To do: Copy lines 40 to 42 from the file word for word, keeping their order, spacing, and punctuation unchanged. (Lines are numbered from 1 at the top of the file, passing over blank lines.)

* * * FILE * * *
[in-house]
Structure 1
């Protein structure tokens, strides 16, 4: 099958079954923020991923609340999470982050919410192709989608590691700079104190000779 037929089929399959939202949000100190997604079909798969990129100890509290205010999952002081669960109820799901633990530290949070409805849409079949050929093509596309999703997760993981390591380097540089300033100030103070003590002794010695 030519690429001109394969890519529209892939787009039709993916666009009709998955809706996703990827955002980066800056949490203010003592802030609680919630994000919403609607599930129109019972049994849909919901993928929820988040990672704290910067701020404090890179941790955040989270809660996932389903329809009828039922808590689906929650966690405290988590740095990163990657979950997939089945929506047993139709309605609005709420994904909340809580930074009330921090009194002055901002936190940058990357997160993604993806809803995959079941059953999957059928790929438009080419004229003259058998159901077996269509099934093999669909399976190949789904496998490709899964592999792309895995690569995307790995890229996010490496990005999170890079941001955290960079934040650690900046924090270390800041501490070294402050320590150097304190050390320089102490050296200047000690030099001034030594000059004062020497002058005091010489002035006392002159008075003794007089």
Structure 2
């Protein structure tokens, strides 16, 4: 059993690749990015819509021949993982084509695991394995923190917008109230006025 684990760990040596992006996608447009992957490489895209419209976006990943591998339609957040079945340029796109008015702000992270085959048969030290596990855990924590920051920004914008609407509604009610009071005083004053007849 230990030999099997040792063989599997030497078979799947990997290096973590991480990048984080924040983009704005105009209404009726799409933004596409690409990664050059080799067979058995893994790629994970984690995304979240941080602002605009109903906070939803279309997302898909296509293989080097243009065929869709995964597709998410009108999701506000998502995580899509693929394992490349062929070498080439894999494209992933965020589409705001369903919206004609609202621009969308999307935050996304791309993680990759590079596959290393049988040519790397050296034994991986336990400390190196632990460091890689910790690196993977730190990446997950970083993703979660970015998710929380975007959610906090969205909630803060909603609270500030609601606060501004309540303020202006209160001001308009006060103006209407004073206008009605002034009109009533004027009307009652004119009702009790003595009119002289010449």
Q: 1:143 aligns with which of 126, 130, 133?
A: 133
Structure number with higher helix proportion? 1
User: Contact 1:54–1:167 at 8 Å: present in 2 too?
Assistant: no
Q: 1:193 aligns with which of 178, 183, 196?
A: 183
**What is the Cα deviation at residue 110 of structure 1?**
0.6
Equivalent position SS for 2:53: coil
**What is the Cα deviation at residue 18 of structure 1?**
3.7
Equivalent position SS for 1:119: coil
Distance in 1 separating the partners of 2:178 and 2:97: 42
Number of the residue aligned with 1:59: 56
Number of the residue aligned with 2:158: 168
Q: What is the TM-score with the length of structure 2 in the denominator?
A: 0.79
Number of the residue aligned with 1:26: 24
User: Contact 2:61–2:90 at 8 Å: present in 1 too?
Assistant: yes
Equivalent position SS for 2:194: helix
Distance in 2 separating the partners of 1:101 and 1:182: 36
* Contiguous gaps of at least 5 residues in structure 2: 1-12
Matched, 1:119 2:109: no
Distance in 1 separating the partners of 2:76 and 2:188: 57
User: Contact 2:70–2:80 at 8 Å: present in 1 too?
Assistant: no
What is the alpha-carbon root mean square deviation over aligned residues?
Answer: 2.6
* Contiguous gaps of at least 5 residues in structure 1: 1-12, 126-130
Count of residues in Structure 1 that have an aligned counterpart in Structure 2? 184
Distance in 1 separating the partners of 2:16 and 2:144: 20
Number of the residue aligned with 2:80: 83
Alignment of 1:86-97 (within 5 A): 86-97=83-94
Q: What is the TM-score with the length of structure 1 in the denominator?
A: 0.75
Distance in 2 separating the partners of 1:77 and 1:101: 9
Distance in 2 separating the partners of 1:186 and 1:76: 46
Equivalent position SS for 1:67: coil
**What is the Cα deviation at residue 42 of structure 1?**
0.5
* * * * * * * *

Alignment of 1:86-97 (within 5 A): 86-97=83-94
Q: What is the TM-score with the length of structure 1 in the denominator?
A: 0.75